Now these rules are under attack. The assumption is that the traditional sexual code—like, say, the feudal system or industrial capitalism—is responsible for a huge aggregate of human misery, and if it can be changed, not only will that misery cease but individual men and women will become better creatures in consequence. How should the code be changed? Four proposals are already on the agenda and are in the process of being enacted in many countries.

First is what I term the exaltation of homosexuality. This is a continuing process. It began in the 1960s, when the criminal penalties for homosexual behaviour "between consenting adults in private" were lifted, though it was assumed society in no way condoned such acts. Most people thought that was the end of the issue, but it was only the beginning.

In the 1970s began the process of legitimizing homosexual behaviour as a normal and acceptable form of sexuality. In the 1980s the principle that practicing homosexuals have equal rights with heterosexuals—on the analogy of racial equality—was applied with growing bravado to demand rights in jobs and housing, the right to proselytize and to propagandize through the educational system and local government, and even to benefit from "positive discrimination" in favour of what orthodox Christianity continues to regard as unnatural vice. De-criminalization, legitimization, privilege—here was the process of sexual politics, in effect moral engineering, at work.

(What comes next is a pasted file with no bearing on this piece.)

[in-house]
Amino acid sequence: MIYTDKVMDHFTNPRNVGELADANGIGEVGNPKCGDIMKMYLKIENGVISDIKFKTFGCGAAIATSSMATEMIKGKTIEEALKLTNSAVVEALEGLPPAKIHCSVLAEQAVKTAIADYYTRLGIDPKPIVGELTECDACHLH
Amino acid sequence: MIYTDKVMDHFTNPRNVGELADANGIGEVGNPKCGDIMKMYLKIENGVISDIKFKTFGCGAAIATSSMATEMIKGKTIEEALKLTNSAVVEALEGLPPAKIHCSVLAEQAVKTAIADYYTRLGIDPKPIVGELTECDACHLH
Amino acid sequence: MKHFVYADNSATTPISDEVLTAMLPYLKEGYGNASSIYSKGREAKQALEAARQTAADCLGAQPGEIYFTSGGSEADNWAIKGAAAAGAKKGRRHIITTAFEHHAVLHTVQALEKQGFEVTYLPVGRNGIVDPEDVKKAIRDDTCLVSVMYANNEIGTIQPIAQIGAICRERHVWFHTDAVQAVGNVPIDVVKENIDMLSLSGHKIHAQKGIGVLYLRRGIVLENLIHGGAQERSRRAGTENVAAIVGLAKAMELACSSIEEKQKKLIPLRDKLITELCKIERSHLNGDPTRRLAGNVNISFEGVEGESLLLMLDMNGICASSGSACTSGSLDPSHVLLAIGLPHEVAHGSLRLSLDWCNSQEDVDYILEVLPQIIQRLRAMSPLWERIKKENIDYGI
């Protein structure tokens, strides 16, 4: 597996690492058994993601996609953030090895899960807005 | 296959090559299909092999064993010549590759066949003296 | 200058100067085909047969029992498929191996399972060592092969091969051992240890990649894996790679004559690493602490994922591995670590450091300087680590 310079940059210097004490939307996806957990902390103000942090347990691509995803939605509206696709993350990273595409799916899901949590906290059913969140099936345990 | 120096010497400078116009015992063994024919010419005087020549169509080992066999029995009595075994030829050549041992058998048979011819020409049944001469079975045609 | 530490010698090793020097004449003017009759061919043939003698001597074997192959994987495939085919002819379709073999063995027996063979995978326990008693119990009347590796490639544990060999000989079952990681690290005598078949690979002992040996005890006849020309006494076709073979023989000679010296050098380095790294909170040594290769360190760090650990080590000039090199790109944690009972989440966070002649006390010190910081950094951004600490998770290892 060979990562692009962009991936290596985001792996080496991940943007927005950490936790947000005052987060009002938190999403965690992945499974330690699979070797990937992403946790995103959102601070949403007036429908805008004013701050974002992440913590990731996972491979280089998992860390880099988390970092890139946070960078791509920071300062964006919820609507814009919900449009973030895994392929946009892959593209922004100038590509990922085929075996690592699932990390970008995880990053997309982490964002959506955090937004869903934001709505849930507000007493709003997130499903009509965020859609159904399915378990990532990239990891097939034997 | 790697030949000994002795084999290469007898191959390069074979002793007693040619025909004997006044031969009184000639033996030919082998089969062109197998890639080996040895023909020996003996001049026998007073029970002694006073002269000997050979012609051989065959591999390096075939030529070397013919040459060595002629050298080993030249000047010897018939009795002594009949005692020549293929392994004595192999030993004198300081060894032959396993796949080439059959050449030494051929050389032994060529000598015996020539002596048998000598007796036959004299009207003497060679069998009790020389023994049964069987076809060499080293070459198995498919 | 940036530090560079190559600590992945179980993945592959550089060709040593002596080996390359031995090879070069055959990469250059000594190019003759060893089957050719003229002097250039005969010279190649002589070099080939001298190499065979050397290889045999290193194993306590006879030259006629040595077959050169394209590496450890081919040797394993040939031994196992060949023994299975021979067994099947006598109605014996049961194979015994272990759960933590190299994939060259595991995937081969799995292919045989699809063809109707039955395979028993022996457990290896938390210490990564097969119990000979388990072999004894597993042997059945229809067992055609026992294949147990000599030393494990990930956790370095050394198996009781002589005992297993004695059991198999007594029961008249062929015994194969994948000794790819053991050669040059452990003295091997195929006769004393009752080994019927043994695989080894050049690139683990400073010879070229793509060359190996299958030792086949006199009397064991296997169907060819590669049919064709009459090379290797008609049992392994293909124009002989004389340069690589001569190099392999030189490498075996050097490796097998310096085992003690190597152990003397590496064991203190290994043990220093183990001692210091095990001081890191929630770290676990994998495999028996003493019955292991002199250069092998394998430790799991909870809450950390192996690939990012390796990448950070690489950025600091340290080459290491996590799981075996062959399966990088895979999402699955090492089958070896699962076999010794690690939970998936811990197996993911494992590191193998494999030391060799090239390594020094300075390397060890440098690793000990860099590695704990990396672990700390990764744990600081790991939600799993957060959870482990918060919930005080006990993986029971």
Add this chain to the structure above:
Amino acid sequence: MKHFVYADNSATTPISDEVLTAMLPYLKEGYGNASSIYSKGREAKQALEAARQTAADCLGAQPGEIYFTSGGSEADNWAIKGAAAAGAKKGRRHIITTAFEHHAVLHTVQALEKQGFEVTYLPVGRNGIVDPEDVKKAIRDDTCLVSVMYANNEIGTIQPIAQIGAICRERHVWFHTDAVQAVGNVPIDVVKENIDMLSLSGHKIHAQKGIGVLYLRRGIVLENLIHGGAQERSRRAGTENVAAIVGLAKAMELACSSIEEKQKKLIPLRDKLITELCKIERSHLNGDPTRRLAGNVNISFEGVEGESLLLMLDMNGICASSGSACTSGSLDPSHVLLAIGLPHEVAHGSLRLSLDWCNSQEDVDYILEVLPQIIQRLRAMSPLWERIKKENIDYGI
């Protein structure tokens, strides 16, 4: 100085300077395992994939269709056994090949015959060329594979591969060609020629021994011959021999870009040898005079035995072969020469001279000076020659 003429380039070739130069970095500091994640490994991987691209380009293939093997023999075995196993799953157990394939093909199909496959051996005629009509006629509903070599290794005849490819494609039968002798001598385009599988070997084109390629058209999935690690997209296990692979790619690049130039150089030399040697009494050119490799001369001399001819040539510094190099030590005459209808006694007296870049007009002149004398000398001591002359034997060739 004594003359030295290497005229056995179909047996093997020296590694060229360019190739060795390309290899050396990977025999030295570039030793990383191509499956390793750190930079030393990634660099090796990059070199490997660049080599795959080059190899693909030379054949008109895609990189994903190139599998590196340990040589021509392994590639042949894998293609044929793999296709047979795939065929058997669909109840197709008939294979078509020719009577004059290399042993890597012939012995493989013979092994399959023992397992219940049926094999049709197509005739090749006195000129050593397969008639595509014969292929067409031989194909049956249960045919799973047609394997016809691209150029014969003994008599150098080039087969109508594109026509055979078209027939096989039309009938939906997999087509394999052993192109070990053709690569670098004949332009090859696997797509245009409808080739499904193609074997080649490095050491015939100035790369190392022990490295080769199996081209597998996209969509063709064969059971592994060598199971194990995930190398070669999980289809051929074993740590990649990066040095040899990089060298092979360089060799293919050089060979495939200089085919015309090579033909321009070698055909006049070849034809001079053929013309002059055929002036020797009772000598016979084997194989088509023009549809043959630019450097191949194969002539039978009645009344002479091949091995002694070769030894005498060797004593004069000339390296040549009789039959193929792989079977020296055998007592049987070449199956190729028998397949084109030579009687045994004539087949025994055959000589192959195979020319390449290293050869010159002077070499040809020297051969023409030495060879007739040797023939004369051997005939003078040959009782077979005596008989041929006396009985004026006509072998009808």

Equally significant was, and is, the legalization of abortion on demand and on an enormous scale. The unwanted infant was no longer even as with Rousseau's procedure, consigned to oblivion and probably death after birth, but condemned to certain annihilation even before it. Abortion strikes at the centre of Christian values not only because it involves a form of murder but because it severs the sexual act—designed to express human love in its most powerful form—from its physiological consequences, and in the most brutal manner.

What is most disturbing about the huge growth in legal abortions throughout the world is that it is taking place against a rapid expansion in our knowledge of pre-natal life which has made it clear beyond any possible argument that to abort a fetus is to kill a human creature. That entire societies are being conditioned by the political process to regard such killing as acceptable—and profitable—is an act of moral engineering of a most regressive and horrific kind.